Frederik Andersen is a big net asset in Ducks' 5-2 victory over Predators

There appeared to be some swagger in Frederik Andersen's step when he high-fived a fan as he made his way down the tunnel to the Ducks' dressing room.

Nearby, in the corridors of Honda Center, Ducks owners Henry and Susan Samueli were seen scurrying through the hallway wearing orange jerseys and big smiles.

Home felt good again for the Ducks, who got another big game from Andersen in net and finally took advantage of their own ice Saturday with a 5-2 win against Nashville in Game 5 of a first-round playoff series.

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Anaheim takes a 3-2 series lead going into Monday's Game 6 with the steady Andersen and the knowledge they can win when having to respond to adversity like Saturday. Andersen made 27 saves and is 3-0 with a 1.00 goals-against average in the playoffs.

"He's a big reason why we were able to come away with a win there," Cam Fowler said. "He kept us in the game early, which is huge in the playoffs. You go down a couple of goals, especially in your home building, it can deflate you as a group. Any time he's back there, we have nothing but confidence in him and he seems to stand tall when the moment's the brightest and the biggest."

Andersen set the tone with a glove save on Roman Josi on a Nashville two on one 12 minutes into the game and helped the Ducks respond from a 1-0 deficit and get two admittedly fluky goals by David Perron and Ryan Garbutt to jump-start the win.

"A lot of people would say we got outplayed today, and if it wasn't for Freddie, the score will be different," Coach Bruce Boudreau said.

The Ducks, who have never won a playoff series when down 0-2, squandered a 3-2 series lead against the Kings in 2014. Boudreau admittedly used the cliche about playing their best game Monday, and Andersen echoed him.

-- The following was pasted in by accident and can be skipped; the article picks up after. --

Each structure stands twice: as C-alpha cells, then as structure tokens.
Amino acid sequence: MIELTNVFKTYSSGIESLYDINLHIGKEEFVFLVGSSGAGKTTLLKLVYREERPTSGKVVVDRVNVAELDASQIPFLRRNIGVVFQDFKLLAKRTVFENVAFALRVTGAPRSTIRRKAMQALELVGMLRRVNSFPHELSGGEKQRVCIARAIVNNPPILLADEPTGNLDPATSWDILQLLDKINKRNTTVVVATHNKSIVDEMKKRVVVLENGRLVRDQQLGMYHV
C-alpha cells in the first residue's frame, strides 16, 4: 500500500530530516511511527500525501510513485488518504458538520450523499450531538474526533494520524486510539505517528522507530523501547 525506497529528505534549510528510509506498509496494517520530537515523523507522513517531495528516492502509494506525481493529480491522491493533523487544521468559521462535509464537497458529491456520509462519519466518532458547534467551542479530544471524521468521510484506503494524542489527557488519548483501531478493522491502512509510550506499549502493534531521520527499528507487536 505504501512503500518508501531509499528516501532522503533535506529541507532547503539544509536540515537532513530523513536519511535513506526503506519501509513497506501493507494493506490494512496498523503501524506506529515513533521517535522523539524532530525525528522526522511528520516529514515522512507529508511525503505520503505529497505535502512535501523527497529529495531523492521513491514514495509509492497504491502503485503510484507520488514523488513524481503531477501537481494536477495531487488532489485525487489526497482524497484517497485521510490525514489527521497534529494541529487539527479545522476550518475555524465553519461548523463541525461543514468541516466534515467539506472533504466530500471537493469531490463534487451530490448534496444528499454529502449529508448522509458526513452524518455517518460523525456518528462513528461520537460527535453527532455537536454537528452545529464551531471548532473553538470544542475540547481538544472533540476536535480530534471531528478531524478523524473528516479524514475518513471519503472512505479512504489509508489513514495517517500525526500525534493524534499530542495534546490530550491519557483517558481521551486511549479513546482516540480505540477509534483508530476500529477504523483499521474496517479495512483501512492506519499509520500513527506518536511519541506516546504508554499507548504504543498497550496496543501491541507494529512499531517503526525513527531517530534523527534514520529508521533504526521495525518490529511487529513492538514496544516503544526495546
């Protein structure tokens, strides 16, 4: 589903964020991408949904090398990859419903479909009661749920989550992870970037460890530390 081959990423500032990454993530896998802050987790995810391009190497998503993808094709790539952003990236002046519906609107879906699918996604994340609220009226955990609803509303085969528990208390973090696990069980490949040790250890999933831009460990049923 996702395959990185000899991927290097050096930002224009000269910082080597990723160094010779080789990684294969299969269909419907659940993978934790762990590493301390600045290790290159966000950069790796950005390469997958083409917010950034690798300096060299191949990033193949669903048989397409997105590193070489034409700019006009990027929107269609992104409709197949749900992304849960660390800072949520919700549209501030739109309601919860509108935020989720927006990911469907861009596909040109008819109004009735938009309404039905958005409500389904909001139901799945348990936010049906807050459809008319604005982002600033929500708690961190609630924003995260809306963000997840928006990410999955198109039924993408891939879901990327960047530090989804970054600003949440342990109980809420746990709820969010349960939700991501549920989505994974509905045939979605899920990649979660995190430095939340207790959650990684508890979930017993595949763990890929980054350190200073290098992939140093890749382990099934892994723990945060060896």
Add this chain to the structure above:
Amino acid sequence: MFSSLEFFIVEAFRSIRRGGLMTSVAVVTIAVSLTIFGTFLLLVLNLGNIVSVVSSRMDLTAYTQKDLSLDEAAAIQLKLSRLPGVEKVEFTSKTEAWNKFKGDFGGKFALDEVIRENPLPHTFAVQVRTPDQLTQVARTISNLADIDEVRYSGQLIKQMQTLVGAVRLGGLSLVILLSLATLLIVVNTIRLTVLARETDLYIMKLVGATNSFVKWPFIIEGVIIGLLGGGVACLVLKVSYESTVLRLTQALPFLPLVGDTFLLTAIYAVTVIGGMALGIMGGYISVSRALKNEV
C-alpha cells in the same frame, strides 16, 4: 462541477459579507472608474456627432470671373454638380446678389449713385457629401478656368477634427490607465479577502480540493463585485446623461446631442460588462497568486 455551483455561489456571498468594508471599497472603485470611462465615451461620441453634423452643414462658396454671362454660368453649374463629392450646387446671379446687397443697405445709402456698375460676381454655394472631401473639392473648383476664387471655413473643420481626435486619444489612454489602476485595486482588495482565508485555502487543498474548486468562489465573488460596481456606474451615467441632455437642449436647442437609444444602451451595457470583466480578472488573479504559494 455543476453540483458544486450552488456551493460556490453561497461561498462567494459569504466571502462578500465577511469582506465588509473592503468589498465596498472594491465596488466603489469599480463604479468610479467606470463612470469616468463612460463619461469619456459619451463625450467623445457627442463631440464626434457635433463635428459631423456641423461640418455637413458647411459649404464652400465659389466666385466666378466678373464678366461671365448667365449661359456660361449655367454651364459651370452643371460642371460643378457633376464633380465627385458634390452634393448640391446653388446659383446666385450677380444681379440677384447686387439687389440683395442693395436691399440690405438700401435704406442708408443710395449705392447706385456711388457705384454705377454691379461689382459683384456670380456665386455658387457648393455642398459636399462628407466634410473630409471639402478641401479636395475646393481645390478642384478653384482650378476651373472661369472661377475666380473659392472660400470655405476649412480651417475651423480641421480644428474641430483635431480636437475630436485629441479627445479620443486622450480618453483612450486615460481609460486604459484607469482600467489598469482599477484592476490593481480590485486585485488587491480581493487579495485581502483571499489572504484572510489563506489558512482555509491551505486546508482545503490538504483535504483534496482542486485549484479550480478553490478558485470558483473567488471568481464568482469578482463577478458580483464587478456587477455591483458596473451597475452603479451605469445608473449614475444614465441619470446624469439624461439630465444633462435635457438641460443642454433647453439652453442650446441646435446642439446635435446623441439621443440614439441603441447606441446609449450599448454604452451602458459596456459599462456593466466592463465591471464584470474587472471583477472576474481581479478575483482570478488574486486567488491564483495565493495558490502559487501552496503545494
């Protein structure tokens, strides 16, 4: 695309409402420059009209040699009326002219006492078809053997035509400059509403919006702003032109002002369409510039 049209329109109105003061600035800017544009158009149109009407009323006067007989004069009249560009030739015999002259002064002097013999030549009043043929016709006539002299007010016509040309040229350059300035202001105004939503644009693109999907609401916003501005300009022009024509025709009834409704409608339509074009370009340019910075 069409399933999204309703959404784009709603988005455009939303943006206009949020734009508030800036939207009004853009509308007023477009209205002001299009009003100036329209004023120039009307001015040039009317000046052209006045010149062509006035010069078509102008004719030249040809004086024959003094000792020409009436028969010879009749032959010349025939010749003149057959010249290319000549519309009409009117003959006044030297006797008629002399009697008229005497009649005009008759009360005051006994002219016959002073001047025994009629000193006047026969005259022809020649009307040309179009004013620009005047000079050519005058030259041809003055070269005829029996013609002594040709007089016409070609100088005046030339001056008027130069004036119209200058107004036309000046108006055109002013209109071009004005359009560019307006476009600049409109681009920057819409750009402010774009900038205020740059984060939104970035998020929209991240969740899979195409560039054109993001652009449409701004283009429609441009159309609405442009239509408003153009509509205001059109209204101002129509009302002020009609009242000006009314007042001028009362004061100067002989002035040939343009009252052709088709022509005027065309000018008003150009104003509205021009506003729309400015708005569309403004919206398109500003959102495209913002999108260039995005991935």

"We've got to go and have the same mind-set," Andersen said. "We've got to bring that to Nashville and close the series."

The game appeared to get away from the Ducks early in the second period. Their third full power play came up empty, and Ryan Johansen ended the scoreless tie with a backhand lifted over Andersen.

But the Ducks responded 22 seconds later. Perron's shot from the right point took a fortuitous bounce off Josi's skate, over Predators goalie Pekka Rinne and into the net.

Perron had two goals in 28 previous playoff games.

"It's nice, for sure," Perron said. "You've just got to keep looking forward now. I think it's a different situation here. I thought our line created some buzz at times."

Perron's linemate Garbutt put Anaheim ahead for good on a workmanlike play to retrieve the puck away from Nashville's Mike Fisher and Shea Weber at the end boards. Garbutt turned and banked the puck in.

"Sometimes you can catch the goalie off the post a bit," Garbutt said. "I was lucky for that."

Sami Vatanen made it 3-1 with a breakaway snap shot past Rinne early in the third, and Fowler scored cleanly on a power-play slap shot.

Anaheim induced Nashville into seven penalties, and Predators Coach Peter Laviolette said, "I don't agree with a lot of the calls" but also that his team was undisciplined.

That was the case with the Ducks in Game 2, but they've worked back to take the series lead in a reflection of their season.

"Losing the first two games at home, and trying to climb out of that, it felt like rock bottom for us," Garbutt said. "I think that the ability for this team to do that earlier in the year, definitely helped us in this situation."

Follow Curtis Zupke on Twitter @CurtisZupke

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